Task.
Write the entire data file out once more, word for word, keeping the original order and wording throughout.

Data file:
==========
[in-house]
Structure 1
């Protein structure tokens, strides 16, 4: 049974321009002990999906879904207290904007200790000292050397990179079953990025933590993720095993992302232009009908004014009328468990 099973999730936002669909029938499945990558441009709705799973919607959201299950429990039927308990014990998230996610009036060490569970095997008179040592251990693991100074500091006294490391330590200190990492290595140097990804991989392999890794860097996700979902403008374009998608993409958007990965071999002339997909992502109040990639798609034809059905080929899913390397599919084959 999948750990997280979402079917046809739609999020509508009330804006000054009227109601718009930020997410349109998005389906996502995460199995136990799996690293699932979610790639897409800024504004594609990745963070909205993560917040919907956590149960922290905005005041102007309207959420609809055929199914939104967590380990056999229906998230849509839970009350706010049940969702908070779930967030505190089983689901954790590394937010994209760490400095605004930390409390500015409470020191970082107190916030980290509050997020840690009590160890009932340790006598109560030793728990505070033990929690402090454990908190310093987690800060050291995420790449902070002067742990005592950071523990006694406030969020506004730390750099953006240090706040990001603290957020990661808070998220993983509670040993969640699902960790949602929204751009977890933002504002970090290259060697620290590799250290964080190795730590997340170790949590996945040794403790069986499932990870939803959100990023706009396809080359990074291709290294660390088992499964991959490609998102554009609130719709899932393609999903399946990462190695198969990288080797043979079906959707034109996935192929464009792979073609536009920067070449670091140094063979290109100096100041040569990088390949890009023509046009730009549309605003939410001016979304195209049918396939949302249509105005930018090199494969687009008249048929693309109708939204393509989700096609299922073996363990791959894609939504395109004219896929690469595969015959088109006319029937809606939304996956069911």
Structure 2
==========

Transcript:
[in-house]
Structure 1
């Protein structure tokens, strides 16, 4: 049974321009002990999906879904207290904007200790000292050397990179079953990025933590993720095993992302232009009908004014009328468990 099973999730936002669909029938499945990558441009709705799973919607959201299950429990039927308990014990998230996610009036060490569970095997008179040592251990693991100074500091006294490391330590200190990492290595140097990804991989392999890794860097996700979902403008374009998608993409958007990965071999002339997909992502109040990639798609034809059905080929899913390397599919084959 999948750990997280979402079917046809739609999020509508009330804006000054009227109601718009930020997410349109998005389906996502995460199995136990799996690293699932979610790639897409800024504004594609990745963070909205993560917040919907956590149960922290905005005041102007309207959420609809055929199914939104967590380990056999229906998230849509839970009350706010049940969702908070779930967030505190089983689901954790590394937010994209760490400095605004930390409390500015409470020191970082107190916030980290509050997020840690009590160890009932340790006598109560030793728990505070033990929690402090454990908190310093987690800060050291995420790449902070002067742990005592950071523990006694406030969020506004730390750099953006240090706040990001603290957020990661808070998220993983509670040993969640699902960790949602929204751009977890933002504002970090290259060697620290590799250290964080190795730590997340170790949590996945040794403790069986499932990870939803959100990023706009396809080359990074291709290294660390088992499964991959490609998102554009609130719709899932393609999903399946990462190695198969990288080797043979079906959707034109996935192929464009792979073609536009920067070449670091140094063979290109100096100041040569990088390949890009023509046009730009549309605003939410001016979304195209049918396939949302249509105005930018090199494969687009008249048929693309109708939204393509989700096609299922073996363990791959894609939504395109004219896929690469595969015959088109006319029937809606939304996956069911």
Structure 2